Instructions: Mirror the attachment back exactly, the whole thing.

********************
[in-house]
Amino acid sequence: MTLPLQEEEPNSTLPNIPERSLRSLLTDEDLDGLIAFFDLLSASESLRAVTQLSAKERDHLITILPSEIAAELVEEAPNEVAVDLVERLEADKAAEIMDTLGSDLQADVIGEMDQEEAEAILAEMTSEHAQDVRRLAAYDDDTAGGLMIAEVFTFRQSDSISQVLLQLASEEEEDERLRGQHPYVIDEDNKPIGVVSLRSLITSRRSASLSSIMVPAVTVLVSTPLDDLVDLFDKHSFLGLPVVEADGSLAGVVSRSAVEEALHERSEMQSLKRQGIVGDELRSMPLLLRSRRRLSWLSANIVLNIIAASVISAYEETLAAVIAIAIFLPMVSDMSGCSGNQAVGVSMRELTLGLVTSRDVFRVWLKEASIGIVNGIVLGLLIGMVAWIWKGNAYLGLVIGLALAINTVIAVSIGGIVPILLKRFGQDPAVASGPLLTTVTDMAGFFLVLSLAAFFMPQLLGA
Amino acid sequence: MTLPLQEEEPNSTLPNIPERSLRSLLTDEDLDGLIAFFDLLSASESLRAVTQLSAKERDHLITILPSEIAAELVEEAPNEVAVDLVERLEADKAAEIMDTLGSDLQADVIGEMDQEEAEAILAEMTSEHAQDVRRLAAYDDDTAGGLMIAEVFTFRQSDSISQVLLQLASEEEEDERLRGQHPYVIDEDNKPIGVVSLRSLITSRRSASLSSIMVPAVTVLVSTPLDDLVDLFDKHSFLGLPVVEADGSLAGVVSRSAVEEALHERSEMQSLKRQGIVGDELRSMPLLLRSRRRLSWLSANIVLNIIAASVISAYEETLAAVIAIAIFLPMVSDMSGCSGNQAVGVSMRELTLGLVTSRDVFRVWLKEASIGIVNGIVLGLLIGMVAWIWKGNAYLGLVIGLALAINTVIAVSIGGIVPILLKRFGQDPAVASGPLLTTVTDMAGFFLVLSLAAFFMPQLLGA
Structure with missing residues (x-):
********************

[in-house]
Amino acid sequence: MTLPLQEEEPNSTLPNIPERSLRSLLTDEDLDGLIAFFDLLSASESLRAVTQLSAKERDHLITILPSEIAAELVEEAPNEVAVDLVERLEADKAAEIMDTLGSDLQADVIGEMDQEEAEAILAEMTSEHAQDVRRLAAYDDDTAGGLMIAEVFTFRQSDSISQVLLQLASEEEEDERLRGQHPYVIDEDNKPIGVVSLRSLITSRRSASLSSIMVPAVTVLVSTPLDDLVDLFDKHSFLGLPVVEADGSLAGVVSRSAVEEALHERSEMQSLKRQGIVGDELRSMPLLLRSRRRLSWLSANIVLNIIAASVISAYEETLAAVIAIAIFLPMVSDMSGCSGNQAVGVSMRELTLGLVTSRDVFRVWLKEASIGIVNGIVLGLLIGMVAWIWKGNAYLGLVIGLALAINTVIAVSIGGIVPILLKRFGQDPAVASGPLLTTVTDMAGFFLVLSLAAFFMPQLLGA
Amino acid sequence: MTLPLQEEEPNSTLPNIPERSLRSLLTDEDLDGLIAFFDLLSASESLRAVTQLSAKERDHLITILPSEIAAELVEEAPNEVAVDLVERLEADKAAEIMDTLGSDLQADVIGEMDQEEAEAILAEMTSEHAQDVRRLAAYDDDTAGGLMIAEVFTFRQSDSISQVLLQLASEEEEDERLRGQHPYVIDEDNKPIGVVSLRSLITSRRSASLSSIMVPAVTVLVSTPLDDLVDLFDKHSFLGLPVVEADGSLAGVVSRSAVEEALHERSEMQSLKRQGIVGDELRSMPLLLRSRRRLSWLSANIVLNIIAASVISAYEETLAAVIAIAIFLPMVSDMSGCSGNQAVGVSMRELTLGLVTSRDVFRVWLKEASIGIVNGIVLGLLIGMVAWIWKGNAYLGLVIGLALAINTVIAVSIGGIVPILLKRFGQDPAVASGPLLTTVTDMAGFFLVLSLAAFFMPQLLGA
Structure with missing residues (x-):